I can understand and appreciate that. At the same time, it does take a lot of education to quell those fears. The problem is that the education is not free & takes a lot of time and hard work.
D.M. Romano
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D.M. Romano,
User Rank: Moderator
7/31/2014 | 8:20:31 AM
Better?
To be honest, I'm baffled at the fact that people think paper records are in some way better. Notice I said better. Are your records safer in a physical state rather than being online? Maybe. Is there more of a chance for an attacker can sabotage, utilize, or even manipulate your records in this fashion? Sure. But personally I'd rather allow the risk of my information being compromised for the sake of expediency (if that were the issue). And I'm saying this while working as a security analyst where I review vulnerability on a daily basis.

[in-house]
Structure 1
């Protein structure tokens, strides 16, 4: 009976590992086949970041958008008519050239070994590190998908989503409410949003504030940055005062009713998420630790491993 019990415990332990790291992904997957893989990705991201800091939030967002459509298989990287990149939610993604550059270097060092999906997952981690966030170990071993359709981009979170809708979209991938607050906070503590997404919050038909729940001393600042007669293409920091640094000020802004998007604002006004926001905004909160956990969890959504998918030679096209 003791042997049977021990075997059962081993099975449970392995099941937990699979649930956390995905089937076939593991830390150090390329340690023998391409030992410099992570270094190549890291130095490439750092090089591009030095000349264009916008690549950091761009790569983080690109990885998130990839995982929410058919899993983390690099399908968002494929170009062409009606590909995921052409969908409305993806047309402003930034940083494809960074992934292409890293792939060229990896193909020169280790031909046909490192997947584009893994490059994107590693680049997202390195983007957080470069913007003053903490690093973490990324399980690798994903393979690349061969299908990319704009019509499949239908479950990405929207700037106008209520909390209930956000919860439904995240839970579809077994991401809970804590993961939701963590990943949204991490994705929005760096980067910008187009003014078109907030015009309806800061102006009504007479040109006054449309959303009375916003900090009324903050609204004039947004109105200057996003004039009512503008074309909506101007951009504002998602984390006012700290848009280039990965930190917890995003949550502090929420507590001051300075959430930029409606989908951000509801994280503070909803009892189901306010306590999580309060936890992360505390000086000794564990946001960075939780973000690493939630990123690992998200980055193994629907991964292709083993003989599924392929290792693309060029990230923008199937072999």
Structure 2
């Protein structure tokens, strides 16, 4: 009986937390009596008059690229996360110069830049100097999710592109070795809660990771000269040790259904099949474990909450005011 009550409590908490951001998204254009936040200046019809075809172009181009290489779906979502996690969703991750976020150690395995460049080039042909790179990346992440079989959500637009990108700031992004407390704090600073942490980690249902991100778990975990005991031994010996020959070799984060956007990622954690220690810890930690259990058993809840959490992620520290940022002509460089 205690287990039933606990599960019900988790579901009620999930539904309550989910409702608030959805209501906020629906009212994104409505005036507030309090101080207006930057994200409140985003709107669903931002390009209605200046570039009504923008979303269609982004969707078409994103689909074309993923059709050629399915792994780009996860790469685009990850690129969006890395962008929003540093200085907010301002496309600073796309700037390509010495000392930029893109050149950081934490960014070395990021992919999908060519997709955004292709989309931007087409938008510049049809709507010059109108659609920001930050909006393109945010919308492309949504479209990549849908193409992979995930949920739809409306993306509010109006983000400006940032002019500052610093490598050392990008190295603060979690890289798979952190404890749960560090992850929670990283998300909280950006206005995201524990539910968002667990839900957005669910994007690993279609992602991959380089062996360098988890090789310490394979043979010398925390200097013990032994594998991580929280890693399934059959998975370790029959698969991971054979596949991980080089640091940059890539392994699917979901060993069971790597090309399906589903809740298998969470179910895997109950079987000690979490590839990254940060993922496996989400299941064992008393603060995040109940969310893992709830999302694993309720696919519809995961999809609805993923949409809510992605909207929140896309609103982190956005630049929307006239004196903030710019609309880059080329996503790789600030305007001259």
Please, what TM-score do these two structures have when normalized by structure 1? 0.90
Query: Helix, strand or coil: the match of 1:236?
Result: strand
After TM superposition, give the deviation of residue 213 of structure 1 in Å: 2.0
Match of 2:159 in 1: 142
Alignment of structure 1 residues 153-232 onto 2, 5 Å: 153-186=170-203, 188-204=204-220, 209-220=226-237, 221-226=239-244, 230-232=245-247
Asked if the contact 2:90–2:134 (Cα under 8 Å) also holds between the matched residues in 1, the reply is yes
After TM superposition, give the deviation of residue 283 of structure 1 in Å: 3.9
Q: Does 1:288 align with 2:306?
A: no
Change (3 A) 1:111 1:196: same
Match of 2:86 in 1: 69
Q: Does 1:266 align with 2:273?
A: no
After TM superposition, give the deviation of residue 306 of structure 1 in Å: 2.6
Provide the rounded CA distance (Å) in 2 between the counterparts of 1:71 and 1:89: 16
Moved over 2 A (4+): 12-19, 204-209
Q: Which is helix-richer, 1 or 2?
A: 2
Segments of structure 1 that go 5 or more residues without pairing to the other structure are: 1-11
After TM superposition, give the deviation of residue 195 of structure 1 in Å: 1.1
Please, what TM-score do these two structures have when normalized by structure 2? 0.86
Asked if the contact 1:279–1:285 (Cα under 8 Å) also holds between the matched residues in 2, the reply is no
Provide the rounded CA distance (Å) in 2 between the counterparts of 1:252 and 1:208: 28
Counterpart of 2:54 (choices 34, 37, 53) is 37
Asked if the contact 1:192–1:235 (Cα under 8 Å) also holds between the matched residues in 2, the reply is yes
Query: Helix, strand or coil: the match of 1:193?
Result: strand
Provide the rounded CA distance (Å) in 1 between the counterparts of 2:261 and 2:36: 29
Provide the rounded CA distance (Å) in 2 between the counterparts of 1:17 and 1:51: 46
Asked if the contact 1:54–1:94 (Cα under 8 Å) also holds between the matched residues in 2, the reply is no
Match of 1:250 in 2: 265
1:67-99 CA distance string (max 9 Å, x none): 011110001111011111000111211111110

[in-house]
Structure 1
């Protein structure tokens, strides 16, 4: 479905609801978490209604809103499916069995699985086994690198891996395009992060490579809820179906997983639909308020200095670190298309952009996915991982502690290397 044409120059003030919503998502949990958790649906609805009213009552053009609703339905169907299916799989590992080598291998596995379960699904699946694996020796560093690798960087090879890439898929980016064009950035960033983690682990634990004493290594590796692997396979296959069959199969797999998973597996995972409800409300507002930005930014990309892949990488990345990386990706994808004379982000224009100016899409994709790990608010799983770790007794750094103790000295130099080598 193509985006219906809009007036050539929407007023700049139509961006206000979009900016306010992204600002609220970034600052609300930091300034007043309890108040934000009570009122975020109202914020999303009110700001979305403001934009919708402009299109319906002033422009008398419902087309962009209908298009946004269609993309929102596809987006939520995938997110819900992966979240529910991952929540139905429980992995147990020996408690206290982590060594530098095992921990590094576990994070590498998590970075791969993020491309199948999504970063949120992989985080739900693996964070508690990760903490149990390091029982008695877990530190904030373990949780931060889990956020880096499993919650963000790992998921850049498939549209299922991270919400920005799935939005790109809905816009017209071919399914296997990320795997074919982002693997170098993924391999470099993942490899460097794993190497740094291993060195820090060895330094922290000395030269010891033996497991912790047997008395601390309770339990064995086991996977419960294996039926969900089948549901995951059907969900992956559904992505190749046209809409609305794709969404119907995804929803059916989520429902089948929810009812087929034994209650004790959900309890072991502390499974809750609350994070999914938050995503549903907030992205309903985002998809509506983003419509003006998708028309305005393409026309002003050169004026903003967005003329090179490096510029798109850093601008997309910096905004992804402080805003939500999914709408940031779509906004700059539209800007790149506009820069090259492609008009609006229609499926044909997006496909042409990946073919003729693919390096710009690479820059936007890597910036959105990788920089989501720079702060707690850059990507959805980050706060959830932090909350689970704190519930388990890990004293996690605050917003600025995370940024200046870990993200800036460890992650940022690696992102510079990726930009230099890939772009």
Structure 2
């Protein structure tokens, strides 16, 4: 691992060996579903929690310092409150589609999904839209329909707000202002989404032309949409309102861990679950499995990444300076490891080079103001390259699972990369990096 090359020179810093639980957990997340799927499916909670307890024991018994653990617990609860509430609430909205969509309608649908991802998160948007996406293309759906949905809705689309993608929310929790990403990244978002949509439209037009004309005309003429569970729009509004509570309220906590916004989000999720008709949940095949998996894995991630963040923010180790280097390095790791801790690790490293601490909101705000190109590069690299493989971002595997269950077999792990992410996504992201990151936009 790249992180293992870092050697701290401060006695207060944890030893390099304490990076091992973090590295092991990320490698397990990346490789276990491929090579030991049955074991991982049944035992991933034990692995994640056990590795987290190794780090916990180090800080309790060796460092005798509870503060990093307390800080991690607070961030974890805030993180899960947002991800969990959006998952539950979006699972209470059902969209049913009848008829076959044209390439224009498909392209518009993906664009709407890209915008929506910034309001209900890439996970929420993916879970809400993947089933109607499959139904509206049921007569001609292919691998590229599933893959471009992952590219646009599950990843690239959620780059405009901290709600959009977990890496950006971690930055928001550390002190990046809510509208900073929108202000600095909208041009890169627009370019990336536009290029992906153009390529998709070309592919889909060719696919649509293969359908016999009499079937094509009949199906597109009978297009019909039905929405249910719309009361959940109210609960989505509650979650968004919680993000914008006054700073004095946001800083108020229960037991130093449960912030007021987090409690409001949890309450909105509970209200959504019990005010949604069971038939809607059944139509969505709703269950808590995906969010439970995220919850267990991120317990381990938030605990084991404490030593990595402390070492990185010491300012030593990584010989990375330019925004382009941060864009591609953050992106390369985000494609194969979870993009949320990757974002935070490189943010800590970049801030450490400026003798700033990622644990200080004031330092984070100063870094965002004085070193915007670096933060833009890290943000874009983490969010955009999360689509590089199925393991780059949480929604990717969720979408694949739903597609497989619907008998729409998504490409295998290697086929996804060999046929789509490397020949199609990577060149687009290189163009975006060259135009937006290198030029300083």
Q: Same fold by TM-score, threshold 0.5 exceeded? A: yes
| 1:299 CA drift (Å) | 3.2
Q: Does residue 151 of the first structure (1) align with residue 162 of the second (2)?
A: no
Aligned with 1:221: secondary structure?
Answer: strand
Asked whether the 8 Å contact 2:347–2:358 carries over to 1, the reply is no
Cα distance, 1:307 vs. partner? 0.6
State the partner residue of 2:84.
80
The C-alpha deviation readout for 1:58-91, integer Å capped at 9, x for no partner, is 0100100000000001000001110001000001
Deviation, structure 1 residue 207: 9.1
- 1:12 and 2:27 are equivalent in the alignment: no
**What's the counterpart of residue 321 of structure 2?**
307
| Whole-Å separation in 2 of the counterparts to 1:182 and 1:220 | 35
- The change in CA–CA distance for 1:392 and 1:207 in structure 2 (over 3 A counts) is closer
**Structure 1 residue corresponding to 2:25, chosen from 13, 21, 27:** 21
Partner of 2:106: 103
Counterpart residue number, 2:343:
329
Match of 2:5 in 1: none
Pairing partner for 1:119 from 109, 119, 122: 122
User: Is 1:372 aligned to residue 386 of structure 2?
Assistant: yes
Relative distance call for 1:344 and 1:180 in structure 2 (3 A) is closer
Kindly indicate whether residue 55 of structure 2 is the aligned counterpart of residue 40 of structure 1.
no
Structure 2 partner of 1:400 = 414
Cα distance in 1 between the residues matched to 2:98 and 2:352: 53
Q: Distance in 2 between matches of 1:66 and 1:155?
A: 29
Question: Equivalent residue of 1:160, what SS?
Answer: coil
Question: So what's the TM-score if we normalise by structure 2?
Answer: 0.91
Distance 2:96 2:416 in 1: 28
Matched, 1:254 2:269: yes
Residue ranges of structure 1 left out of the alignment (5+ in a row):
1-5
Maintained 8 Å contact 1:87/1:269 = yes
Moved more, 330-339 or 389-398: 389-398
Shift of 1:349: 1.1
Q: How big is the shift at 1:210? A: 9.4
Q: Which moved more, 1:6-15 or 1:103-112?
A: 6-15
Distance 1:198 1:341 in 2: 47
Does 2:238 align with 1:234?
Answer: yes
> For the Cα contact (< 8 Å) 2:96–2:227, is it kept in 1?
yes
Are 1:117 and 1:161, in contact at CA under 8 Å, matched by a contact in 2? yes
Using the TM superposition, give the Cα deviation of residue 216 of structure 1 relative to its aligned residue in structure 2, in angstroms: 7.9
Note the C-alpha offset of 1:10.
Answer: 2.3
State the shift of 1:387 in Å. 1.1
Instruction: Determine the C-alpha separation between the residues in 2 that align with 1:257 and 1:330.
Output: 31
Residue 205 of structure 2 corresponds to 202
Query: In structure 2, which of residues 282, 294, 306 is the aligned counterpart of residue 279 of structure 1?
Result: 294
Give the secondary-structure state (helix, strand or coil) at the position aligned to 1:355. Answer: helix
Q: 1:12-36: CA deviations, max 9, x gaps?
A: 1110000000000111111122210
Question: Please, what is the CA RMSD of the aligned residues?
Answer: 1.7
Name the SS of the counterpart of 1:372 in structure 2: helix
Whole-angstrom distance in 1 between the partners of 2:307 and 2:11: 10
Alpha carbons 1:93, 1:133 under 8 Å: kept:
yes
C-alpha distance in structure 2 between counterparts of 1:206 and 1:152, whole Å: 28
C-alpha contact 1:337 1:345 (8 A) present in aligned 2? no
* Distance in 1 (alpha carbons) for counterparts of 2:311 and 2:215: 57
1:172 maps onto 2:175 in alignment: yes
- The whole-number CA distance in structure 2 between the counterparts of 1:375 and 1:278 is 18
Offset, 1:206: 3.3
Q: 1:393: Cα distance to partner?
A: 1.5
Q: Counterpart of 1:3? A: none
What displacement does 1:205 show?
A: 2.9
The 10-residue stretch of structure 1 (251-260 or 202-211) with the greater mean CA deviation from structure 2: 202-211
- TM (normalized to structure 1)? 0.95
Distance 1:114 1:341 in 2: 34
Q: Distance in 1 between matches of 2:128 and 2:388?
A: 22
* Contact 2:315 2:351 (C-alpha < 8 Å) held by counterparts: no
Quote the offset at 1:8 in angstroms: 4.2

Susan_Nunziata
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Susan_Nunziata,
User Rank: Strategist
7/30/2014 | 9:58:04 PM
Re: Defending the value of EHR versus paper
@DarrellP725: I didn't realize I was arguing. Then again, I'm Italian, and in my family a normal dinner conversation would sound to other ears like a raging argument.

:)